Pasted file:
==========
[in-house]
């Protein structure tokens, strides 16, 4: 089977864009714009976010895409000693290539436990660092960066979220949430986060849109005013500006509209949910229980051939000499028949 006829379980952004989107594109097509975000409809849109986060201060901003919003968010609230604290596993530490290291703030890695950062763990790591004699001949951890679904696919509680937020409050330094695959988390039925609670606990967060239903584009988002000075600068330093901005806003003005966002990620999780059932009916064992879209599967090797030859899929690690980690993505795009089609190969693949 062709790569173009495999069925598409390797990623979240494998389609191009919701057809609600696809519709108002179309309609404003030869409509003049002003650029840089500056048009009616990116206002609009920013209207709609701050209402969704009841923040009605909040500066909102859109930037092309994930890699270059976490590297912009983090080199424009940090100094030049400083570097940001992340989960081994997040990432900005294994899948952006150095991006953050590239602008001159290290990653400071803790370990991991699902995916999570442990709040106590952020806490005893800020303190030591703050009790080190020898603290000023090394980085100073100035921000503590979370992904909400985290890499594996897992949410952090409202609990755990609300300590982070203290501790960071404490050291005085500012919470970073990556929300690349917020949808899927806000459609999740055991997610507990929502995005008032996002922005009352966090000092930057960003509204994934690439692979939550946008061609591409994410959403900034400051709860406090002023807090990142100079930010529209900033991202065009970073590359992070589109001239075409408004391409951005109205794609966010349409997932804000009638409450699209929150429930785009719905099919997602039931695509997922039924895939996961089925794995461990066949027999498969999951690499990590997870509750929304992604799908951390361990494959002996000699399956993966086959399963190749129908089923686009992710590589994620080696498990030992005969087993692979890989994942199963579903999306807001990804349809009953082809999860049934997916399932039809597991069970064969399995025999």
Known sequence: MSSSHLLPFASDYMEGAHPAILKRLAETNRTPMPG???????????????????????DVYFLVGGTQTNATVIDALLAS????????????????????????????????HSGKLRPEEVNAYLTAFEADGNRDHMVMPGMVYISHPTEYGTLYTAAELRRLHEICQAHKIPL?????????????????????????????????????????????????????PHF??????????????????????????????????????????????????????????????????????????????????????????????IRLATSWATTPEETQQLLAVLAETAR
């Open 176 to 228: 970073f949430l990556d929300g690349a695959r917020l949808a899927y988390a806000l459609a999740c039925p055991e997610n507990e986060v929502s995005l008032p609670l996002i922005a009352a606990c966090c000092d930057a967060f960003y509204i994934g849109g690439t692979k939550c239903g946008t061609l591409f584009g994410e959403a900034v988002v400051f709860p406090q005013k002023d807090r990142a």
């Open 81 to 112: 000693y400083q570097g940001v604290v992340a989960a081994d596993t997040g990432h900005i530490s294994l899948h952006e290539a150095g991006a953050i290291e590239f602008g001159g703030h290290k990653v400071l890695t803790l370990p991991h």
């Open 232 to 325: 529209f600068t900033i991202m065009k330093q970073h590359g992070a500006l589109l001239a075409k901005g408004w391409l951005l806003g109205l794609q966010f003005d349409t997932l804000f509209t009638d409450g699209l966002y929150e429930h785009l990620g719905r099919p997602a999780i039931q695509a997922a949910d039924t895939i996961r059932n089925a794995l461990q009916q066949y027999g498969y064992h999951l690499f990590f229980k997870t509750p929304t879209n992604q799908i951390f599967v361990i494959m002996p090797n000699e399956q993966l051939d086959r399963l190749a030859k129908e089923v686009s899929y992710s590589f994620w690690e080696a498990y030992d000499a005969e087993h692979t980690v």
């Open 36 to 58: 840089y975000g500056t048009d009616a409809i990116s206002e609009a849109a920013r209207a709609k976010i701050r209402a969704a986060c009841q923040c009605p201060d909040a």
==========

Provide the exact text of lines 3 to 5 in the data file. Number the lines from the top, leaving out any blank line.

Known sequence: MSSSHLLPFASDYMEGAHPAILKRLAETNRTPMPG???????????????????????DVYFLVGGTQTNATVIDALLAS????????????????????????????????HSGKLRPEEVNAYLTAFEADGNRDHMVMPGMVYISHPTEYGTLYTAAELRRLHEICQAHKIPL?????????????????????????????????????????????????????PHF??????????????????????????????????????????????????????????????????????????????????????????????IRLATSWATTPEETQQLLAVLAETAR
């Open 176 to 228: 970073f949430l990556d929300g690349a695959r917020l949808a899927y988390a806000l459609a999740c039925p055991e997610n507990e986060v929502s995005l008032p609670l996002i922005a009352a606990c966090c000092d930057a967060f960003y509204i994934g849109g690439t692979k939550c239903g946008t061609l591409f584009g994410e959403a900034v988002v400051f709860p406090q005013k002023d807090r990142a």
């Open 81 to 112: 000693y400083q570097g940001v604290v992340a989960a081994d596993t997040g990432h900005i530490s294994l899948h952006e290539a150095g991006a953050i290291e590239f602008g001159g703030h290290k990653v400071l890695t803790l370990p991991h």